(C) The contract does not cause the displacement of UC employees. The term “displacement” includes layoff, demotion, involuntary transfer to a new classification, involuntary transfer to a new location requiring a change of residence, and time-base reductions. Displacement does not include changes in shifts or days off, nor does it include reassignment to other positions within the same classification and general location or employment with the contractor, so long as wages and benefits are comparable to those paid by the UC.
(D) The savings shall be large enough to ensure that they will not be eliminated by private sector and UC cost fluctuations that could normally be expected during the contracting period.
(E) The amount of savings clearly justify the size and duration of the contracting agreement.
(F) The contract is awarded through a publicized, competitive bidding process.
(G) The contract includes specific provisions pertaining to the qualifications of the staff that will perform the work under the contract, as well as assurance that the contractor’s hiring practices meet applicable nondiscrimination standards.
(H) The potential for future economic risk to the UC from potential contractor rate increases is minimal.
(I) The contract is with a firm. A “firm” means a corporation, limited liability company, partnership, nonprofit organization, or sole proprietorship.
(J) The potential economic advantage of contracting is not outweighed by the public’s interest in having a particular function performed directly by the UC.
(2) If any of the following conditions are met:
(A) The services contracted are not available within the UC cannot be performed satisfactorily by UC employees, or are of such highly specialized or technical nature that the necessary expert knowledge, experience, and ability are not available through the UC.
(B) The services are incidental to a contract for purchase or lease or real or personal property. Contracts under this criterion, known as “service agreements,” shall included, but not be limited to, agreements to service or maintain office equipment or computers that are leased or rented.
(C) The policy, administrative, or legal goals and purposes of the UC cannot be accomplished through the utilization of persons selected pursuant to the regular or ordinary hiring process. Contracts are permissible under this criterion to protect against a conflict of interest or to ensure independent and unbiased findings in cases where there is a clear need for a different, outside perspective. These contracts shall include, but not be limited to, obtaining expert witnesses in litigation.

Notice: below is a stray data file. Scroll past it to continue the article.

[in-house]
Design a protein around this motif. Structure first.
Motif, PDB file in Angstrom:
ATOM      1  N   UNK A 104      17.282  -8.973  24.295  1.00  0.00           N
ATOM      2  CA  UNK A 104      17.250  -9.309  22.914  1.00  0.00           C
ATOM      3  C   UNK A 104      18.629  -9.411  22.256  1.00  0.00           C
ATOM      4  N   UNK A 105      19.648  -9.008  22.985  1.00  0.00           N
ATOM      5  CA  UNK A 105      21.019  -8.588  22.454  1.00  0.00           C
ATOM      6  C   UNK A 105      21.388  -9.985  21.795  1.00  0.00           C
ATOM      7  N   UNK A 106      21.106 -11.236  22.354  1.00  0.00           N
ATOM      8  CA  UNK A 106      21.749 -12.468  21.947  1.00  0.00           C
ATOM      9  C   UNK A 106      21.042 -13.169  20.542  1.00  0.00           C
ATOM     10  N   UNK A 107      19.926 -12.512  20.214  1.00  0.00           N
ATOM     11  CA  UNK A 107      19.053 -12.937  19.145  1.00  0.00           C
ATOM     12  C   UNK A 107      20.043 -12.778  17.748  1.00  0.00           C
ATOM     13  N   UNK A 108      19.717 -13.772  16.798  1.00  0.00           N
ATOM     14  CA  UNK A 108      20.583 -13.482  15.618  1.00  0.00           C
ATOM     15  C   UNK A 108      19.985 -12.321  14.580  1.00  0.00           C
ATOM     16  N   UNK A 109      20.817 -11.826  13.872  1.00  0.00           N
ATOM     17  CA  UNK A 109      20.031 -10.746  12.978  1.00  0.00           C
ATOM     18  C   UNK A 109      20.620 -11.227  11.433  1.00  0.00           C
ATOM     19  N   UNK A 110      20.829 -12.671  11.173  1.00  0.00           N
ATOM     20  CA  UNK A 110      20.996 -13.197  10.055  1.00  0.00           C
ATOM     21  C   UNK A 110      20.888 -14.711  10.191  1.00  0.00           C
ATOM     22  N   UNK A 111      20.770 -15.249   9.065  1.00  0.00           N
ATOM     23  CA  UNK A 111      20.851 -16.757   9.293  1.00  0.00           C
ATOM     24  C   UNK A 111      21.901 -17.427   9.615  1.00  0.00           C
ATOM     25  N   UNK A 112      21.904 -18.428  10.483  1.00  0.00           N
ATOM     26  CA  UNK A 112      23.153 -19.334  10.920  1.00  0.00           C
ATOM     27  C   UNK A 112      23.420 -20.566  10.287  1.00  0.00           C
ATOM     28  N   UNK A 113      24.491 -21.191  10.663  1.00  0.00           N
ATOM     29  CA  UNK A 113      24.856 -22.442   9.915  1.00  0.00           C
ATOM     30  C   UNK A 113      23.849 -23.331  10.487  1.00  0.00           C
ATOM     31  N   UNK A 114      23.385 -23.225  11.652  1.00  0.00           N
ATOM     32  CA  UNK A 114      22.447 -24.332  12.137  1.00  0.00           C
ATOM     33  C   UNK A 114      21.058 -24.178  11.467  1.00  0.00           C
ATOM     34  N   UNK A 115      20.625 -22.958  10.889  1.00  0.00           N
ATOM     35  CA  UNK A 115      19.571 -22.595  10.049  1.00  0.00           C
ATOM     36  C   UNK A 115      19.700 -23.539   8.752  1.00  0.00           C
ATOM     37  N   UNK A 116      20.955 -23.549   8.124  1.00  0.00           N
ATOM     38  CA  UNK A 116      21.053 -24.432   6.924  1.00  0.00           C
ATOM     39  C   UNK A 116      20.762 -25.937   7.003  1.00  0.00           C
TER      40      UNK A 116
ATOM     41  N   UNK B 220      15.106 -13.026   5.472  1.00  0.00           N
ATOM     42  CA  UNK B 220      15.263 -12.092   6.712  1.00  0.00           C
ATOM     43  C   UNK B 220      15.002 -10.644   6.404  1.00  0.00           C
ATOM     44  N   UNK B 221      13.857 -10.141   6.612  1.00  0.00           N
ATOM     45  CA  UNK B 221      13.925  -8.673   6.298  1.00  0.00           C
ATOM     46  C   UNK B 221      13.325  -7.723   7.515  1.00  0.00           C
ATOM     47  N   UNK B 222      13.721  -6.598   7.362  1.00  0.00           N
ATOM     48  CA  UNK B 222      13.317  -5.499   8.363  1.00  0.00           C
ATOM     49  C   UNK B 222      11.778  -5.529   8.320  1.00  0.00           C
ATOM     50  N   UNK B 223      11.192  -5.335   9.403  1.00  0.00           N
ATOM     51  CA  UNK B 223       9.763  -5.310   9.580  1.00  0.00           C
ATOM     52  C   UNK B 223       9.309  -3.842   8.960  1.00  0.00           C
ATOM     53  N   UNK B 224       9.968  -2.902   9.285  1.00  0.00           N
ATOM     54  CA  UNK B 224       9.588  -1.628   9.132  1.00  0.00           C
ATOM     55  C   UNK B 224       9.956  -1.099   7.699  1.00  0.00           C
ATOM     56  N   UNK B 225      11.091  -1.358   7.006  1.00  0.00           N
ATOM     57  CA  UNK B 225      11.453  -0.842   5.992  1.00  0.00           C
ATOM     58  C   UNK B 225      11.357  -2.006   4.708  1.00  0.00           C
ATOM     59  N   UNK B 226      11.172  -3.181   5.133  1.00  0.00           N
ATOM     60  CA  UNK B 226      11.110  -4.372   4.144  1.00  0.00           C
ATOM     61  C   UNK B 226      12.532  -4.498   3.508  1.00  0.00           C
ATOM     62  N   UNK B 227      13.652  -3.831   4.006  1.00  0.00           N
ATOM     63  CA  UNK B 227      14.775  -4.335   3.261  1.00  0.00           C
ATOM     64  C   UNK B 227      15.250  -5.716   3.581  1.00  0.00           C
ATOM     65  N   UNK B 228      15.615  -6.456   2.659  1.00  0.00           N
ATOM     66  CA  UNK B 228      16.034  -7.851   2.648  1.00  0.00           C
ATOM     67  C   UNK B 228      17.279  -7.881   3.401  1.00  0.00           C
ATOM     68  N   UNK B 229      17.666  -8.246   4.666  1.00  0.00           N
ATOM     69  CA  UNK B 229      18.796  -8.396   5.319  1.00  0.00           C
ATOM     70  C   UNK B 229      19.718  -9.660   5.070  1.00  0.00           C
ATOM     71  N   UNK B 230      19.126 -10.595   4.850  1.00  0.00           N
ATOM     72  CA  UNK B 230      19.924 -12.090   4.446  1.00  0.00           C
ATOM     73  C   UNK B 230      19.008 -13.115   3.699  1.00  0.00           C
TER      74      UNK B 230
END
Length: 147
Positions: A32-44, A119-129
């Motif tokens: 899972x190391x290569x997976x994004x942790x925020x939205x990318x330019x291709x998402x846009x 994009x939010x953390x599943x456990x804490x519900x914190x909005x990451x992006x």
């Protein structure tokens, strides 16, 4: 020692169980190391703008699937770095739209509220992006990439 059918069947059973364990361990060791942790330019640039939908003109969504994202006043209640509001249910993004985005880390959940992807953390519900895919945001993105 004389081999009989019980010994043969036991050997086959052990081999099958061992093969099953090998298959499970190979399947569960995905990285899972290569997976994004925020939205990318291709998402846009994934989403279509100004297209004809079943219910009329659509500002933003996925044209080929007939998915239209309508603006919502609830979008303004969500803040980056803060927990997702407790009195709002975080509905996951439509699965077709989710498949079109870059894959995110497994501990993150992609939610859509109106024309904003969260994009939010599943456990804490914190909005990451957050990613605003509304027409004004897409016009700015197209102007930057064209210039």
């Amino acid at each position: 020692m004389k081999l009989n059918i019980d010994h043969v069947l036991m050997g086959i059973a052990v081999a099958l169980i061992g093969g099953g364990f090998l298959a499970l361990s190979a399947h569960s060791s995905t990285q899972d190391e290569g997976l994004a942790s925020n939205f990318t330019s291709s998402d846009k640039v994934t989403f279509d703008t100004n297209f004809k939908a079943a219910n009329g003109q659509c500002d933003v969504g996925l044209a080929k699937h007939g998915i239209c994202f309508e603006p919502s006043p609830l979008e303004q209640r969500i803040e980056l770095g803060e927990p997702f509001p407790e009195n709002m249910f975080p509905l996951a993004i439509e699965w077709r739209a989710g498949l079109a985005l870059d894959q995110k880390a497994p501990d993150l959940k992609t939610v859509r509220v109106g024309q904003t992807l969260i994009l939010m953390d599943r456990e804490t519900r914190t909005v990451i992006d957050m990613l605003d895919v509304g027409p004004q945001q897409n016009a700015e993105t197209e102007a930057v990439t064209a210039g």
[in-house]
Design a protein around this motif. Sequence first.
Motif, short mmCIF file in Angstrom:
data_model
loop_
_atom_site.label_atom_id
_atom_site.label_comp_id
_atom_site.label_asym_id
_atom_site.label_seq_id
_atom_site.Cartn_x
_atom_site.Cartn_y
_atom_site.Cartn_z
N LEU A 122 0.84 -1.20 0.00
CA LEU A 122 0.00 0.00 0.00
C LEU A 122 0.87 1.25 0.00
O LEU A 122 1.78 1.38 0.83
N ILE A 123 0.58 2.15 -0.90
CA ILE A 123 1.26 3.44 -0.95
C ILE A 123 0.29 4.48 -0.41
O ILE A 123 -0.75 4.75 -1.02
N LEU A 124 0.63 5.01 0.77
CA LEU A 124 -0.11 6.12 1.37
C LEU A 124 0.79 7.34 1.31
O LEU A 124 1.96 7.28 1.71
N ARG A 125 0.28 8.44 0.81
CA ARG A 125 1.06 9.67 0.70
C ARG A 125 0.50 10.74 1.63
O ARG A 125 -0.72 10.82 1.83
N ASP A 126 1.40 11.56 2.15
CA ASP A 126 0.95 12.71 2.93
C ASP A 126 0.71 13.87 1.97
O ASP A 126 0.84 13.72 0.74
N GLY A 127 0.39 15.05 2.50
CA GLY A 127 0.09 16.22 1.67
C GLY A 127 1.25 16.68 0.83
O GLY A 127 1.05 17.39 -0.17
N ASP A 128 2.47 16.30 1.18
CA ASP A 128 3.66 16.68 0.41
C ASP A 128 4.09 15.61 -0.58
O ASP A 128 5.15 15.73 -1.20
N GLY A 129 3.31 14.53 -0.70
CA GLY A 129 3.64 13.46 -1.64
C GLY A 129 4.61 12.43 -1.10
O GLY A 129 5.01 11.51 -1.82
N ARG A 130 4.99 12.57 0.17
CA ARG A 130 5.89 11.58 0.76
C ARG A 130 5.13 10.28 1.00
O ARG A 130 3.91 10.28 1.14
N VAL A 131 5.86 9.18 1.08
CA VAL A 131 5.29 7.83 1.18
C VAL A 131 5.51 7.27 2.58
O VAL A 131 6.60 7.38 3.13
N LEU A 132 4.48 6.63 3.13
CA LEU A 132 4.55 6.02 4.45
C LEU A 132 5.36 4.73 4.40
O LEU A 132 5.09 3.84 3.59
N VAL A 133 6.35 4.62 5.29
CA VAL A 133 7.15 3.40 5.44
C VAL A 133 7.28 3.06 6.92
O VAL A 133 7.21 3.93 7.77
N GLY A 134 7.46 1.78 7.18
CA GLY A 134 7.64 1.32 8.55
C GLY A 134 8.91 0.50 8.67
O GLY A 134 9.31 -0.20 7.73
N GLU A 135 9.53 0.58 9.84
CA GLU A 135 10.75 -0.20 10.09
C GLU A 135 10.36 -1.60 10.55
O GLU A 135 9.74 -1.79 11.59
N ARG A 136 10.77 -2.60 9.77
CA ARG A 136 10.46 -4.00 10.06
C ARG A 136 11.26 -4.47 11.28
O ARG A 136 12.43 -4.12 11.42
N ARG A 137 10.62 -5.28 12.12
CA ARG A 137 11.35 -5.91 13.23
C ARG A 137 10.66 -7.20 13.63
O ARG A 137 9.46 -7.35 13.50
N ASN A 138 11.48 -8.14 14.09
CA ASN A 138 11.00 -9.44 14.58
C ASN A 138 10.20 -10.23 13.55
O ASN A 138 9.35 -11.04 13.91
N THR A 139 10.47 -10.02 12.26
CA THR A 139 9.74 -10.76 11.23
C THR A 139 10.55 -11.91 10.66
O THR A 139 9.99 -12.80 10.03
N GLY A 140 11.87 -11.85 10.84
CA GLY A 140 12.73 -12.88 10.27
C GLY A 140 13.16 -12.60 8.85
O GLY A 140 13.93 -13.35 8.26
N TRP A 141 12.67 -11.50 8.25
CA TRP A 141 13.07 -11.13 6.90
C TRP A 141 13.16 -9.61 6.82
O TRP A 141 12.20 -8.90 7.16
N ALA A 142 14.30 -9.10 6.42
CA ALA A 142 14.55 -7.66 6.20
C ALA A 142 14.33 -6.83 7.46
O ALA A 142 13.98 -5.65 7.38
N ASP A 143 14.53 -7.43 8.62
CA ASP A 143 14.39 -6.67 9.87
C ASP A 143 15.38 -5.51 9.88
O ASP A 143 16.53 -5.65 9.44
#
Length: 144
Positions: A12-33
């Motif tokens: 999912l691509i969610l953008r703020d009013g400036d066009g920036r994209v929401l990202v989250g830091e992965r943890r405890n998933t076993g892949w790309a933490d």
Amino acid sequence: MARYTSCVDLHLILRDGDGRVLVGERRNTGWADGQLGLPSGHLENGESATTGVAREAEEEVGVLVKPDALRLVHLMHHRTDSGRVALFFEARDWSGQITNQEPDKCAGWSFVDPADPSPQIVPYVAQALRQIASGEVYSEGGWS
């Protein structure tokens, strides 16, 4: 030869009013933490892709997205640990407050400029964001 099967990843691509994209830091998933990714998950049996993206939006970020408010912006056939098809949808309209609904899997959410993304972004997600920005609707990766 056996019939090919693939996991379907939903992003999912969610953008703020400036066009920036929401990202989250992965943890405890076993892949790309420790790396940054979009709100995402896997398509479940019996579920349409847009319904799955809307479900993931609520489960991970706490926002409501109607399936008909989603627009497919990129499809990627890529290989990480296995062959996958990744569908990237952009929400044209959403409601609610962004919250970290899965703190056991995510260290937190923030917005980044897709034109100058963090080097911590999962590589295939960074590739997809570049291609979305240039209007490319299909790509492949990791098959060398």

(D) The nature of the work is such that the criteria for emergency appointments apply. “Emergency appointment” means an appointment made for a period not to exceed 60 working days either during an actual emergency to prevent the stoppage of public business or because of the limited duration of the work. The method of selection and the qualification standards for an emergency employee shall be determined by the UC. The frequency of appointment, length of appointment, and the circumstances appropriate shall be restricted so as to prevent the use of emergency appointments to circumvent the regular or ordinary hiring process.
(E) The contractor will provide equipment, materials, facilities, or support services that could not feasibly be provided by the UC in the location where the services are to be performed.
(F) The services are of such an urgent, temporary, or occasional nature that the delay incumbent in their implementation under the UC’s regular or ordinary hiring process would frustration their very purpose.
(b) This section shall apply to personal service contracts entered into after January 1, 2013. This section shall not apply to the renewal of a personal services contract subsequent to January 1, 2013, if the contract was entered into before January 1, 2013, irrespective of whether the contract is renewed or rebid with the existing contractor or with a new contractor unless it has been significantly expanded.
(c) The University of California shall annually post both of the following on its Internet Web site:
(1) The number of, and contract amounts for, contracts entered into during the prior fiscal year, for services currently or customarily performed by nonacademic employees, to achieve cost savings.
(2) If compliance with (a) was required for the prior fiscal year, findings regarding how the University of California complied with that provision.